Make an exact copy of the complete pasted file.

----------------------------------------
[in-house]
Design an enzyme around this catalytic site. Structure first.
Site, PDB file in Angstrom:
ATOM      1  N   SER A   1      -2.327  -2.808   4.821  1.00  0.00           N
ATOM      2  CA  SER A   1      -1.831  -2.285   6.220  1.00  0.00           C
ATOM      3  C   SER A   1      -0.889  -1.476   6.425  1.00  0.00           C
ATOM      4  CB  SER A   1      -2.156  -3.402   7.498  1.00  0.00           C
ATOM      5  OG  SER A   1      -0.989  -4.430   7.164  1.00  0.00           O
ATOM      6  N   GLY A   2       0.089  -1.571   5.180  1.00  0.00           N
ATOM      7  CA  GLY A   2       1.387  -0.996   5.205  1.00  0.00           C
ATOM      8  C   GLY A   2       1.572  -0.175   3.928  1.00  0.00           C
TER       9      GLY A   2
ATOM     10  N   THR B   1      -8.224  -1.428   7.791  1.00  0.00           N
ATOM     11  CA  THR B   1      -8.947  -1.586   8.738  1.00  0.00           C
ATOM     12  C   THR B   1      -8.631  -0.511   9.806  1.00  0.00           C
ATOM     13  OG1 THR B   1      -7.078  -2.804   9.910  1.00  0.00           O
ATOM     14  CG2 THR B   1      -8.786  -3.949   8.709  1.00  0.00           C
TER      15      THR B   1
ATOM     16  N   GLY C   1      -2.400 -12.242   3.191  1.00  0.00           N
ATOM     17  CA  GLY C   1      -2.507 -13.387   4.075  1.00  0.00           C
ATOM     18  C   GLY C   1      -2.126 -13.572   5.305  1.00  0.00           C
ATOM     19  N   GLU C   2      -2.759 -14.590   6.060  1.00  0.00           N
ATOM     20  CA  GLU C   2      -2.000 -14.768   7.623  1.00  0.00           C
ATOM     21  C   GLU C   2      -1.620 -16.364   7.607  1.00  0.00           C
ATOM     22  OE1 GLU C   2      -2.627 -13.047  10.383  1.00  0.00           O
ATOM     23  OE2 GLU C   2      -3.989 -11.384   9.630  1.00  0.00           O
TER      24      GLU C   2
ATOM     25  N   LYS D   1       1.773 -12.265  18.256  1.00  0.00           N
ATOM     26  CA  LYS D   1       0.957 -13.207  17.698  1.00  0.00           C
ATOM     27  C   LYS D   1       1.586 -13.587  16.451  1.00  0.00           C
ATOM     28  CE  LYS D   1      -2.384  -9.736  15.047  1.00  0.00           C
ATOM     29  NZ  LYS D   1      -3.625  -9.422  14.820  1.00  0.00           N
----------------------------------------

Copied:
[in-house]
Design an enzyme around this catalytic site. Structure first.
Site, PDB file in Angstrom:
ATOM      1  N   SER A   1      -2.327  -2.808   4.821  1.00  0.00           N
ATOM      2  CA  SER A   1      -1.831  -2.285   6.220  1.00  0.00           C
ATOM      3  C   SER A   1      -0.889  -1.476   6.425  1.00  0.00           C
ATOM      4  CB  SER A   1      -2.156  -3.402   7.498  1.00  0.00           C
ATOM      5  OG  SER A   1      -0.989  -4.430   7.164  1.00  0.00           O
ATOM      6  N   GLY A   2       0.089  -1.571   5.180  1.00  0.00           N
ATOM      7  CA  GLY A   2       1.387  -0.996   5.205  1.00  0.00           C
ATOM      8  C   GLY A   2       1.572  -0.175   3.928  1.00  0.00           C
TER       9      GLY A   2
ATOM     10  N   THR B   1      -8.224  -1.428   7.791  1.00  0.00           N
ATOM     11  CA  THR B   1      -8.947  -1.586   8.738  1.00  0.00           C
ATOM     12  C   THR B   1      -8.631  -0.511   9.806  1.00  0.00           C
ATOM     13  OG1 THR B   1      -7.078  -2.804   9.910  1.00  0.00           O
ATOM     14  CG2 THR B   1      -8.786  -3.949   8.709  1.00  0.00           C
TER      15      THR B   1
ATOM     16  N   GLY C   1      -2.400 -12.242   3.191  1.00  0.00           N
ATOM     17  CA  GLY C   1      -2.507 -13.387   4.075  1.00  0.00           C
ATOM     18  C   GLY C   1      -2.126 -13.572   5.305  1.00  0.00           C
ATOM     19  N   GLU C   2      -2.759 -14.590   6.060  1.00  0.00           N
ATOM     20  CA  GLU C   2      -2.000 -14.768   7.623  1.00  0.00           C
ATOM     21  C   GLU C   2      -1.620 -16.364   7.607  1.00  0.00           C
ATOM     22  OE1 GLU C   2      -2.627 -13.047  10.383  1.00  0.00           O
ATOM     23  OE2 GLU C   2      -3.989 -11.384   9.630  1.00  0.00           O
TER      24      GLU C   2
ATOM     25  N   LYS D   1       1.773 -12.265  18.256  1.00  0.00           N
ATOM     26  CA  LYS D   1       0.957 -13.207  17.698  1.00  0.00           C
ATOM     27  C   LYS D   1       1.586 -13.587  16.451  1.00  0.00           C
ATOM     28  CE  LYS D   1      -2.384  -9.736  15.047  1.00  0.00           C
ATOM     29  NZ  LYS D   1      -3.625  -9.422  14.820  1.00  0.00           N